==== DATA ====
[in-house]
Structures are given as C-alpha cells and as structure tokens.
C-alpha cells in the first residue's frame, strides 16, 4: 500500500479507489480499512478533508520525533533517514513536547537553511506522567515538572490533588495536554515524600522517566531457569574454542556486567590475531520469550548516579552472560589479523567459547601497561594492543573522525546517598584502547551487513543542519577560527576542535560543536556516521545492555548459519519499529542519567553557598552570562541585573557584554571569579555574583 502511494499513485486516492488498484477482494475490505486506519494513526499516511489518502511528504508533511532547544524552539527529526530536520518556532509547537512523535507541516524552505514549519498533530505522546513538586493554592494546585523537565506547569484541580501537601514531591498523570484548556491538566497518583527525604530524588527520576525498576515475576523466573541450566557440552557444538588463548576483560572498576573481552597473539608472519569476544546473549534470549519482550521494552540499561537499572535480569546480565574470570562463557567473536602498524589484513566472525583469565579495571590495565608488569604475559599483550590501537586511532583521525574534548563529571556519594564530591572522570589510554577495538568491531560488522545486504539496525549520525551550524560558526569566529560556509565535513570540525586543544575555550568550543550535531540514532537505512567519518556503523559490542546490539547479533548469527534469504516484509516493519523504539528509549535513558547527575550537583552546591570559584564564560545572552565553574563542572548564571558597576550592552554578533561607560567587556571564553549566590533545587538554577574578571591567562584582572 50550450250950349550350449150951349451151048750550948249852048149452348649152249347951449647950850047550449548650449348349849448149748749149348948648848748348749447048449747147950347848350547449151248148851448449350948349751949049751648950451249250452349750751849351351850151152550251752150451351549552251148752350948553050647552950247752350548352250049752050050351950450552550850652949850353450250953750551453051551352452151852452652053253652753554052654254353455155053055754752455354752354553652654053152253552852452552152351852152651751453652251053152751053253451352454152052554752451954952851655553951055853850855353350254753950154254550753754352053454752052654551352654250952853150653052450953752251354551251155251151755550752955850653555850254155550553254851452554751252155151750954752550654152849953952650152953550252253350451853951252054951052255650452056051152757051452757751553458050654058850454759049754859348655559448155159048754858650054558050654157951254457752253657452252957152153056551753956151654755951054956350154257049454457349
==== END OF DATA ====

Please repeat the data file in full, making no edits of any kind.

[in-house]
Structures are given as C-alpha cells and as structure tokens.
C-alpha cells in the first residue's frame, strides 16, 4: 500500500479507489480499512478533508520525533533517514513536547537553511506522567515538572490533588495536554515524600522517566531457569574454542556486567590475531520469550548516579552472560589479523567459547601497561594492543573522525546517598584502547551487513543542519577560527576542535560543536556516521545492555548459519519499529542519567553557598552570562541585573557584554571569579555574583 502511494499513485486516492488498484477482494475490505486506519494513526499516511489518502511528504508533511532547544524552539527529526530536520518556532509547537512523535507541516524552505514549519498533530505522546513538586493554592494546585523537565506547569484541580501537601514531591498523570484548556491538566497518583527525604530524588527520576525498576515475576523466573541450566557440552557444538588463548576483560572498576573481552597473539608472519569476544546473549534470549519482550521494552540499561537499572535480569546480565574470570562463557567473536602498524589484513566472525583469565579495571590495565608488569604475559599483550590501537586511532583521525574534548563529571556519594564530591572522570589510554577495538568491531560488522545486504539496525549520525551550524560558526569566529560556509565535513570540525586543544575555550568550543550535531540514532537505512567519518556503523559490542546490539547479533548469527534469504516484509516493519523504539528509549535513558547527575550537583552546591570559584564564560545572552565553574563542572548564571558597576550592552554578533561607560567587556571564553549566590533545587538554577574578571591567562584582572 50550450250950349550350449150951349451151048750550948249852048149452348649152249347951449647950850047550449548650449348349849448149748749149348948648848748348749447048449747147950347848350547449151248148851448449350948349751949049751648950451249250452349750751849351351850151152550251752150451351549552251148752350948553050647552950247752350548352250049752050050351950450552550850652949850353450250953750551453051551352452151852452652053253652753554052654254353455155053055754752455354752354553652654053152253552852452552152351852152651751453652251053152751053253451352454152052554752451954952851655553951055853850855353350254753950154254550753754352053454752052654551352654250952853150653052450953752251354551251155251151755550752955850653555850254155550553254851452554751252155151750954752550654152849953952650152953550252253350451853951252054951052255650452056051152757051452757751553458050654058850454759049754859348655559448155159048754858650054558050654157951254457752253657452252957152153056551753956151654755951054956350154257049454457349